The “Reconciling in Christ” movement functions  as an ancillary activity of Lutherans Concerned North America (LCNA), which is the well-organized and successful Lutheran LGBTQ advocacy group.  From the LCNA website:

The Reconciling in Christ (RIC) Program recognizes Lutheran congregations that welcome lesbian, gay, bisexual, and transgender (LGBT) believers. The complete Reconciling in Christ Roster now exceeds 450 settings, including congregations, synods, colleges, seminaries, and other organizations.

Yesterday, January 30th, many RIC congregations celebrated their RIC status.  What follows is a sampling of blogosphere comments from RIC folks around the country.

From St. Andrew Lutheran Church of Parsipanny, New Jersey.

About ten years ago, our congregation voted, UNANIMOUSLY, to adopt a statement that we would be open and welcoming to ALL people who seek to know Christ, regardless of any discriminating factor, including their sexual orientation or gender identity. We became part of a community of believers, affiliated with Lutherans Concerned/North America, to adopt this statement. By doing so, we became a Reconciling in Christ (RIC) Congregation.

This one of the things I love about my congregation. We voted unanimously to become RIC because it is part of the culture of who we are. There were no dissenters. We all knew this was the right thing to do. We were already living it; we should just say it out loud. All are welcome here.

[W]e really DO care. We DO care that you are here with us. We DO care that you feel welcome here. We DO care that you find a relationship with God and work to draw closer to Him. We DO care that you should not feel judged by the people here. We DO care that your gifts and talents are recognized and valued here. We DO care that you find fellowship with the other members of the body of Christ who worship here. We DO care…because you are a child of God… our brother or sister in Christ Jesus.

From St. Michael’s Church of Philadelphia:

Not only for once a year on “Reconciling in Christ Sunday”…but for everyday!  A message we at St. Michael’s proudly uphold:

“All Are Welcome, All Are Welcome, All Are Welcome…Welcome Here”

A South Carolina newspaper reported that Reformation Lutheran of Columbia is becoming rejuvenated, along with its inner city neighborhood:

… an influx of urban pioneers, many of them gay and lesbian, began buying up the arts-and-crafts cottages and other homes that had fallen into disrepair.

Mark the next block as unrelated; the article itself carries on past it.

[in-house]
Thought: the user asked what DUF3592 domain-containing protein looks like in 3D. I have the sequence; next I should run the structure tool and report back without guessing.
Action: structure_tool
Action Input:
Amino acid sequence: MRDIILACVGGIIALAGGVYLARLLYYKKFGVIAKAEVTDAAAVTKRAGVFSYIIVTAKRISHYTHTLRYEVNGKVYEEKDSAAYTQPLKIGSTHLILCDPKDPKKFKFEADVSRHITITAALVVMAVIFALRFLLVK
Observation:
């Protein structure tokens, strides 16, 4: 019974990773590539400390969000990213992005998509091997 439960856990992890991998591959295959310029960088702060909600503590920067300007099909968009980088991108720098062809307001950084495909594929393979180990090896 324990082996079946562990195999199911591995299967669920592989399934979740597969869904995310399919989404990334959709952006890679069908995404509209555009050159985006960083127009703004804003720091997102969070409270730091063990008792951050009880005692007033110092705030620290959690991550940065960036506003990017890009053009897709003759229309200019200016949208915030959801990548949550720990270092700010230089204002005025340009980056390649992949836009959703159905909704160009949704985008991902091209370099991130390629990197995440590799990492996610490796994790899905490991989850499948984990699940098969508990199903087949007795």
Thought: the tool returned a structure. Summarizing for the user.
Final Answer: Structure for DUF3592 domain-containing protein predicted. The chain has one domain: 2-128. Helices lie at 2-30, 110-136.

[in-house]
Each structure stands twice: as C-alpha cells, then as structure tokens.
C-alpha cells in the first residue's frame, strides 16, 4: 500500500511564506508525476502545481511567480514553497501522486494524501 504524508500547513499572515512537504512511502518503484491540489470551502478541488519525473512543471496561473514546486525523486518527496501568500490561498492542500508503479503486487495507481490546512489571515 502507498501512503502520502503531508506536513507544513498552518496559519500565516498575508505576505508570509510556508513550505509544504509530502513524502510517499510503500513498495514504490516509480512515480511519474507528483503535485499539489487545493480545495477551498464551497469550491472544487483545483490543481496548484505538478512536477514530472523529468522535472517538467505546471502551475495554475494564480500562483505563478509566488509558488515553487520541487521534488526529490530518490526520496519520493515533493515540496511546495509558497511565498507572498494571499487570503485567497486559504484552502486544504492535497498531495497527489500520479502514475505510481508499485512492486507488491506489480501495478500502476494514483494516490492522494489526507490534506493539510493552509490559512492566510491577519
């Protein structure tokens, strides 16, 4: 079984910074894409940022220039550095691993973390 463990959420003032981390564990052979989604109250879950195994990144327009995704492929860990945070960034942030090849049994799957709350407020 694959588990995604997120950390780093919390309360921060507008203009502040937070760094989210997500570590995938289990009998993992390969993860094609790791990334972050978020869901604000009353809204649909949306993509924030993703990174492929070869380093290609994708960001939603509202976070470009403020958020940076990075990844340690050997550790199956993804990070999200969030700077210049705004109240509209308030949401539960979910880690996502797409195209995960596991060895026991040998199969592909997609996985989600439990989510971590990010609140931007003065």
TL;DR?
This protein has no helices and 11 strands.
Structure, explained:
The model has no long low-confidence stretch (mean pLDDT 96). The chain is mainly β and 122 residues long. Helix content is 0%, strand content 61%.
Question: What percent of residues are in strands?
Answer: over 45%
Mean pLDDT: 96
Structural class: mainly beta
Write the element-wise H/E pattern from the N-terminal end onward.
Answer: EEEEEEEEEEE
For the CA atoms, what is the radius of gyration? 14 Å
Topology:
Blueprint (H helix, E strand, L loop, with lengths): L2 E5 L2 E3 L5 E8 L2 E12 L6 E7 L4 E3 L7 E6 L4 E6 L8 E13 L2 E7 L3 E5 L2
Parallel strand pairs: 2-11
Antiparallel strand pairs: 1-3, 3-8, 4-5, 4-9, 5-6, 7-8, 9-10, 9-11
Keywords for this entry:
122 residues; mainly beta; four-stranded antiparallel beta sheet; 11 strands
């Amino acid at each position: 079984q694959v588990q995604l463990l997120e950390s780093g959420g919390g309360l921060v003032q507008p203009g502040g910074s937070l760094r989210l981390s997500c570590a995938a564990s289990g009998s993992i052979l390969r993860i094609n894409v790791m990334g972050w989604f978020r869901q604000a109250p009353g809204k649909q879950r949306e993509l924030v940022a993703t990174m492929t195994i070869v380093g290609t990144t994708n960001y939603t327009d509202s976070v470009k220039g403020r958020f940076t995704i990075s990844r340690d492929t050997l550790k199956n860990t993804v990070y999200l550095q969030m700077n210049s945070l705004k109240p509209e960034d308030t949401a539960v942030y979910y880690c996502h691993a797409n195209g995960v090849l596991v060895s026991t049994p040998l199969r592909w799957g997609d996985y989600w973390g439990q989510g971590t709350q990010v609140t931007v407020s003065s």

The congregation decided to reach out to its new neighbors but found that many were suspicious of the church. That’s when the congregation underwent a series of conversations that let it to become a congregation intentional in its mission and outreach. Now the church, with 150 members, is a vital part of the community.

My wife and I were privileged to attend the celebratory service at St. Paul-Reformation Lutheran Church in St. Paul, Mn.  For those who know the history of LGBTQ advocacy within the ELCA, St Paul Reformation is an iconic congregation.  It was the first RIC congregation dating to 1984.  It is the parish of Pastor Anita Hill, a national figure in the ELCA movement toward gay inclusion.  Other prominent members include the lesbian couple, Ruth Frost and Phyllis Zillhart, who made history in San Francisco nearly twenty years ago, and Emily Eastwood, the executive director of LCNA.  Click here for an earlier post about the recent Rite of Reception for Hill, Frost, and Zillhart which officially welcomed them to the clergy roster of the ELCA.  We greeted all of these folks yesterday.  Frost delivered the sermon, her first since becoming rostered (her current call is to a hospice ministry), and she told me that she and Phyllis will return to their former San Francisco congregation on February 27th for an historic celebration in which the St Francis congregation, once expelled, will formally return to the ELCA. 

I was honored to play a small part by addressing the adult forum.  We discussed the apostle Paul’s struggle with the Jerusalem leadership of the early Jesus movement and their “yes, but” attitude toward Gentile inclusion in the early church and the parallels with the current struggle for full inclusion of the LGBTQ community.